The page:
Brian Tan | Now Serving
The clutch factor
Published: Thursday, October 18, 2012
Updated: Thursday, October 18, 2012 00:10
It’s a two−point Sacramento lead, we’re down to seven seconds, Bryant is putting a move on Christie, rebound O’Neal, coming up short, tipped out to Horry from downtown for the win... Yes! Lakers Win!”
Robert Horry, nicknamed “Big Shot Rob,” is famous for hitting big shots in crucial moments of basketball games, such as the game−winning three−pointer in game four against the Kings in the 2002 Western Conference Finals. His ability to perform under crunch time earned him his nickname and praise from others for being “clutch.”
What does it mean to be “clutch?” Being clutch means coming through or raising your game in a close or high−pressure situation. Being clutch is Reggie Miller scoring eight points in the last nine seconds to beat the Knicks in the playoffs. Being clutch is David Freese hitting a game−tying two−run triple, one strike away from losing the World Series, and then hitting a walk−off dinger later. Being clutch is Olympic swimmer Jason Lezak’s improbable come−from−behind win to earn a gold medal for the US in 2008, keeping Michael Phelps’ famous gold medal pursuit alive. Larry Bird sinking the last money ball to win the 1988 three−point contest is clutch. Him sticking up his finger as soon as the ball left his hand is even more clutch. Being clutch is an art, a lifestyle and an attitude.
The difference between being clutch and being lucky is often overlooked. Being clutch involves consistently raising your game in big moments. Being lucky is a once−in−a−blue−moon type of thing. Tim Tebow was lucky when the Broncos miraculously beat the Bears last year. Eli Manning was clutch for having eight 4th quarter comebacks or game−winning drives in 2011. You wouldn’t call someone who does well from guessing on a multiple−choice test “clutch.” He or she would be considered lucky. The definition has extended more and more into daily scenarios to describe a favorable occurrence.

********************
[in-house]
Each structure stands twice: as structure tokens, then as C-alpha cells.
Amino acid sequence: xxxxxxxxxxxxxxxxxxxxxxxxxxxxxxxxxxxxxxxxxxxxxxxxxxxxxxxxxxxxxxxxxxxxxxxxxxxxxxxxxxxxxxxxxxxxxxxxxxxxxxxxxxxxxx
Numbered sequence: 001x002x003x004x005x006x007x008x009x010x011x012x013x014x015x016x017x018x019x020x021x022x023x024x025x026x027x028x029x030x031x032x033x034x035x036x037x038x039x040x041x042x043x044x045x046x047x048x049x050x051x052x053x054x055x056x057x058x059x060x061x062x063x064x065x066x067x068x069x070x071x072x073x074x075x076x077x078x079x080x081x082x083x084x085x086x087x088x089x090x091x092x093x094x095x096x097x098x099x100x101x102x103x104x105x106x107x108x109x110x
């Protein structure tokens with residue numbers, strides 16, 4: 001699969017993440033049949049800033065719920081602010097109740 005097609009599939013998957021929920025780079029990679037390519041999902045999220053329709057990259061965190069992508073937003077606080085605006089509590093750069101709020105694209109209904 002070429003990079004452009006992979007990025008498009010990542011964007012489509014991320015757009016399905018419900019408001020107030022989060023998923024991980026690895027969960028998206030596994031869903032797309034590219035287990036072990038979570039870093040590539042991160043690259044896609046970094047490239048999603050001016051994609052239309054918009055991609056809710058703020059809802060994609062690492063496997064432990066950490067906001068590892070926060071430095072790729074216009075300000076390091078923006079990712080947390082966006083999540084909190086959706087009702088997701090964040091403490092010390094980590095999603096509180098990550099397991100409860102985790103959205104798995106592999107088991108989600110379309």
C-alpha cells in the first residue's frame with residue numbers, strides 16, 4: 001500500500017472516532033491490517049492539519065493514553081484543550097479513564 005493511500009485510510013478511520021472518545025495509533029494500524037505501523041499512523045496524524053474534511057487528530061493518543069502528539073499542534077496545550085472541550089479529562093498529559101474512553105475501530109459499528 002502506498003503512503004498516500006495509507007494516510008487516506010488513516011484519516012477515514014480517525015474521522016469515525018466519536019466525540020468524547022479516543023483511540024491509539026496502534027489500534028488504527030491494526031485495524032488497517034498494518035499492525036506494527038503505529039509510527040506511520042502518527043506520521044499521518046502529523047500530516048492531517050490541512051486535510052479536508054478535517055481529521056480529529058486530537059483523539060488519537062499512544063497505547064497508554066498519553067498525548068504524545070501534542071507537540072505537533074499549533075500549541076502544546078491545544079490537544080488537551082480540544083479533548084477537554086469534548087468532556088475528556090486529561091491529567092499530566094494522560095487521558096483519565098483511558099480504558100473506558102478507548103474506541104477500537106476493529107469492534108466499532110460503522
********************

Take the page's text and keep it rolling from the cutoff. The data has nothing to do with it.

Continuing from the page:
Finding a $20 bill in the back pocket a pair of old jeans can be very clutch. Going to Moe’s on a Saturday night is most definitely clutch.
Some statisticians in sports claim that the clutch factor, in fact, does not exist. They write that great players will perform well under clutch circumstances just as often as they do in the regular season. They argue that the theory of having a clutch ability is not possible. In other words, a baseball player who has a career batting average of .280, given enough at−bats, will eventually hit around .280 in clutch moments or in the postseason. He will not automatically become a .330 hitter with more power all of a sudden in an important situation. For example, Robert Horry has shot 34.1 percent from three throughout his career and actually has had a very similar three−point percentage in the postseason as the regular season.
Personally, I understand where this argument stands, but I disagree, because everyone who has played sports competitively knows what it’s like to be in a clutch moment. There is no denying that nerves do get the better of some people when people choke and lose sight of the finish line. But there are other people that love the pressure−packed situations. There is going to be a difference between the player about to kick a game−winning field goal who loves the pressure and rush of adrenaline, and the kicker who is wetting himself before the kick.
Being clutch is stepping up to the line and having confidence in executing your game plan. Maybe some day, if you exhibit your clutch gene and step up your game when it matters most, your nickname can have the words “Big Shot” in front of it too.